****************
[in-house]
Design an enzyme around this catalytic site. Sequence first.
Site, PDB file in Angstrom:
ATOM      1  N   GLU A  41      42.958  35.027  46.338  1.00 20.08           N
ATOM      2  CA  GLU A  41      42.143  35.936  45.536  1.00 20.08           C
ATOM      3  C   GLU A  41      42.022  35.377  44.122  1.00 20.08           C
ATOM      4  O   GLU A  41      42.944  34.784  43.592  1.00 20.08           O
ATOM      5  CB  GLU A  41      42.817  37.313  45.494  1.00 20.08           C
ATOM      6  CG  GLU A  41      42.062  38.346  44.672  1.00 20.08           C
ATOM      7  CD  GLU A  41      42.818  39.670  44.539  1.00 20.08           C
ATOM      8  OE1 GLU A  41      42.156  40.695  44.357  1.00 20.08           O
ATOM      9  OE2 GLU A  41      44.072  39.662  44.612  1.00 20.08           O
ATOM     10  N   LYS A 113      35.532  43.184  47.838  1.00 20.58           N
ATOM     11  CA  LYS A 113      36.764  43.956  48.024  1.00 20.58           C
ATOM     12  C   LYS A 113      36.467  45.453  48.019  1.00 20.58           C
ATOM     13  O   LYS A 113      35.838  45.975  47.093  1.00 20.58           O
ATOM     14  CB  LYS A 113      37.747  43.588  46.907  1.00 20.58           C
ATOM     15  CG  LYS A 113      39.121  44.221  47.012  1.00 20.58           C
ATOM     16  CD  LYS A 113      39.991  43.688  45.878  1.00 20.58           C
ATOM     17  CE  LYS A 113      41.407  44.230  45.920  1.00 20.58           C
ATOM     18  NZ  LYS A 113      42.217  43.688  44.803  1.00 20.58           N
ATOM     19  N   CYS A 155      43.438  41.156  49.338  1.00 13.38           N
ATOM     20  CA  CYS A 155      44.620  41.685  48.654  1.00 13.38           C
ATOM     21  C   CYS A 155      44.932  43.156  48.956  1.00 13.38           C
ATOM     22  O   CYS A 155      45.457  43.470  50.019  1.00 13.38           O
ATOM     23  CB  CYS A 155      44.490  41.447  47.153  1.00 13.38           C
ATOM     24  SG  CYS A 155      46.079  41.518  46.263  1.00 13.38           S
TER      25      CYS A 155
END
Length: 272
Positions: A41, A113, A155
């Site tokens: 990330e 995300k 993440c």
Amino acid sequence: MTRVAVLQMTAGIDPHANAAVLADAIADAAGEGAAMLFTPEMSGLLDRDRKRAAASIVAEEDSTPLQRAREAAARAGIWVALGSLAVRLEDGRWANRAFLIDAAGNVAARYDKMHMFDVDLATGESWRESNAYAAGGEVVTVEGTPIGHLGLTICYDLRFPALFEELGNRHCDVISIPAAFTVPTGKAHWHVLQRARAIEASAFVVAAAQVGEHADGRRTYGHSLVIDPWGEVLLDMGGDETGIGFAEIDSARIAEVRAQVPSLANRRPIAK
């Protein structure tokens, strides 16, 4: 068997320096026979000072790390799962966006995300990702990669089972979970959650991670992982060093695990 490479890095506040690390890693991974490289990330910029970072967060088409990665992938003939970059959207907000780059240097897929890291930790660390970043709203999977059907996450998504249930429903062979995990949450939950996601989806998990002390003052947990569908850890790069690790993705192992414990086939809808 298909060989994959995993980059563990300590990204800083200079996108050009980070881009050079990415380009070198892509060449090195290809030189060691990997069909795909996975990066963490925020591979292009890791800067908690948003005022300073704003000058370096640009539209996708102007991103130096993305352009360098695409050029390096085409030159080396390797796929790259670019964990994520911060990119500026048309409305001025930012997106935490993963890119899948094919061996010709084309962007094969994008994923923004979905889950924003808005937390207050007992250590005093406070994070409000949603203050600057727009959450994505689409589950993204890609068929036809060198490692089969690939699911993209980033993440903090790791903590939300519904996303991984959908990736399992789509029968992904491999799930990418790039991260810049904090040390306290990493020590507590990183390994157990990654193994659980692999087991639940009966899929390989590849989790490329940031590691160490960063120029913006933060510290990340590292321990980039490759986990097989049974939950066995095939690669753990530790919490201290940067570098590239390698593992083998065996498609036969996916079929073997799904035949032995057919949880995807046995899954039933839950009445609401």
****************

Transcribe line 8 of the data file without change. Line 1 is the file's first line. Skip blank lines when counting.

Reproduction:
ATOM      5  CB  GLU A  41      42.817  37.313  45.494  1.00 20.08           C